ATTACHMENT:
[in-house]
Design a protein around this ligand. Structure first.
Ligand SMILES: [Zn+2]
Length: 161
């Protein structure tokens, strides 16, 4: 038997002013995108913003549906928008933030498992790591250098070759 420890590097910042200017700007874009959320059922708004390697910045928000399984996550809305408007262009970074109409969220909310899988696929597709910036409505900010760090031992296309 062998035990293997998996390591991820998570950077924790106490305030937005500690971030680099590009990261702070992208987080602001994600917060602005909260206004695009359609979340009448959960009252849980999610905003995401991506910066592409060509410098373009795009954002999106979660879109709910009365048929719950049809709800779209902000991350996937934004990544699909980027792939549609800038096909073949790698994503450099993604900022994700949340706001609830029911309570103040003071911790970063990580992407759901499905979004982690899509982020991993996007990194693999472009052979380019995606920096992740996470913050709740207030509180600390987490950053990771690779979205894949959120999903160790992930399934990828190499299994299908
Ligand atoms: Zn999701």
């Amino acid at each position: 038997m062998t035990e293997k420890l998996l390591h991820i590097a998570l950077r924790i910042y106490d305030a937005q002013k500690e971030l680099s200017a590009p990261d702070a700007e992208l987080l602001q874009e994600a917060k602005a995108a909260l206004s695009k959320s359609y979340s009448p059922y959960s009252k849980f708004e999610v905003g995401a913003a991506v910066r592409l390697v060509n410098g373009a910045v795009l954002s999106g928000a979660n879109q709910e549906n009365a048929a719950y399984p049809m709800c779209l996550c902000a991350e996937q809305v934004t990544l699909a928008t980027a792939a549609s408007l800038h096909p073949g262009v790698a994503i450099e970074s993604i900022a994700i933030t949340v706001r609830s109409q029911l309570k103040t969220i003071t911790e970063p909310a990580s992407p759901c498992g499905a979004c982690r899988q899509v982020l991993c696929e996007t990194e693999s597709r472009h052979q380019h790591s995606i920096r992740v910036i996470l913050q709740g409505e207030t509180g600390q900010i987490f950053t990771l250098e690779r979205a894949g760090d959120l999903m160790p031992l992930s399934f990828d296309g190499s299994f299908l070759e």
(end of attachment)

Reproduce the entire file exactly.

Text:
[in-house]
Design a protein around this ligand. Structure first.
Ligand SMILES: [Zn+2]
Length: 161
């Protein structure tokens, strides 16, 4: 038997002013995108913003549906928008933030498992790591250098070759 420890590097910042200017700007874009959320059922708004390697910045928000399984996550809305408007262009970074109409969220909310899988696929597709910036409505900010760090031992296309 062998035990293997998996390591991820998570950077924790106490305030937005500690971030680099590009990261702070992208987080602001994600917060602005909260206004695009359609979340009448959960009252849980999610905003995401991506910066592409060509410098373009795009954002999106979660879109709910009365048929719950049809709800779209902000991350996937934004990544699909980027792939549609800038096909073949790698994503450099993604900022994700949340706001609830029911309570103040003071911790970063990580992407759901499905979004982690899509982020991993996007990194693999472009052979380019995606920096992740996470913050709740207030509180600390987490950053990771690779979205894949959120999903160790992930399934990828190499299994299908
Ligand atoms: Zn999701």
């Amino acid at each position: 038997m062998t035990e293997k420890l998996l390591h991820i590097a998570l950077r924790i910042y106490d305030a937005q002013k500690e971030l680099s200017a590009p990261d702070a700007e992208l987080l602001q874009e994600a917060k602005a995108a909260l206004s695009k959320s359609y979340s009448p059922y959960s009252k849980f708004e999610v905003g995401a913003a991506v910066r592409l390697v060509n410098g373009a910045v795009l954002s999106g928000a979660n879109q709910e549906n009365a048929a719950y399984p049809m709800c779209l996550c902000a991350e996937q809305v934004t990544l699909a928008t980027a792939a549609s408007l800038h096909p073949g262009v790698a994503i450099e970074s993604i900022a994700i933030t949340v706001r609830s109409q029911l309570k103040t969220i003071t911790e970063p909310a990580s992407p759901c498992g499905a979004c982690r899988q899509v982020l991993c696929e996007t990194e693999s597709r472009h052979q380019h790591s995606i920096r992740v910036i996470l913050q709740g409505e207030t509180g600390q900010i987490f950053t990771l250098e690779r979205a894949g760090d959120l999903m160790p031992l992930s399934f990828d296309g190499s299994f299908l070759e």